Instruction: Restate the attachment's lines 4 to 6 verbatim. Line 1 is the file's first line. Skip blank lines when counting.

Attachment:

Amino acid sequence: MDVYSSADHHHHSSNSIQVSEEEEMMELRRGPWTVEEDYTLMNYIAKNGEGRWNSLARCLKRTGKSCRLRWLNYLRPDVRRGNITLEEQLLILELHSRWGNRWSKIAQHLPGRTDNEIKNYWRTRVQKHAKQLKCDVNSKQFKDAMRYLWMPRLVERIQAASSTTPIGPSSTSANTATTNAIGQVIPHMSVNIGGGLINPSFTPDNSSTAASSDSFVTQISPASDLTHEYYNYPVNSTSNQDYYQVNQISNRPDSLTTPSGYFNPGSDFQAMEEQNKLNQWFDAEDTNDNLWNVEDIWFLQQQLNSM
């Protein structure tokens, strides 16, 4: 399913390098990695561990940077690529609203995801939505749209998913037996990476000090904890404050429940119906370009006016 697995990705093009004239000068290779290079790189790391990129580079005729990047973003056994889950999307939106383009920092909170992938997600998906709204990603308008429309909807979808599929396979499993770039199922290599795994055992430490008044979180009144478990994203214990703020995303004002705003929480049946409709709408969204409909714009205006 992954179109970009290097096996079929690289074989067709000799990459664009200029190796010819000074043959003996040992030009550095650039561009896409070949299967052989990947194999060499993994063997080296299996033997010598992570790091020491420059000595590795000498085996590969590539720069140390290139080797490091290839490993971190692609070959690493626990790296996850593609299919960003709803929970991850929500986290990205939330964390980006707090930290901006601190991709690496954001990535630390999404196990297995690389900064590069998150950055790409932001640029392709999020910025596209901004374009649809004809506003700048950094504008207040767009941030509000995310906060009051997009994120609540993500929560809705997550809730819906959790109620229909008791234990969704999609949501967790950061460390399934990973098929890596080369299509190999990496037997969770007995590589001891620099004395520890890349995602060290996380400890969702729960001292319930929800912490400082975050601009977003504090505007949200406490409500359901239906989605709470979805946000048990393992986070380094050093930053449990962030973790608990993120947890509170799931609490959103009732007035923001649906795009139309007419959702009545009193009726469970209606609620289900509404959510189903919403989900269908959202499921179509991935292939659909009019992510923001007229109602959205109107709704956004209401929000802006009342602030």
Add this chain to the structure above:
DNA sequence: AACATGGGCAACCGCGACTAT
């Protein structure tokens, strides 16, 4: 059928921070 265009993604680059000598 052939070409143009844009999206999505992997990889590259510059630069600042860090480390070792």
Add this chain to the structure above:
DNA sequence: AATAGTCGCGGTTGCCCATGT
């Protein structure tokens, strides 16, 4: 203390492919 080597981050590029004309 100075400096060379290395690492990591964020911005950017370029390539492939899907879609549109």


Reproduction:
DNA sequence: AACATGGGCAACCGCGACTAT
């Protein structure tokens, strides 16, 4: 059928921070 265009993604680059000598 052939070409143009844009999206999505992997990889590259510059630069600042860090480390070792």
Add this chain to the structure above: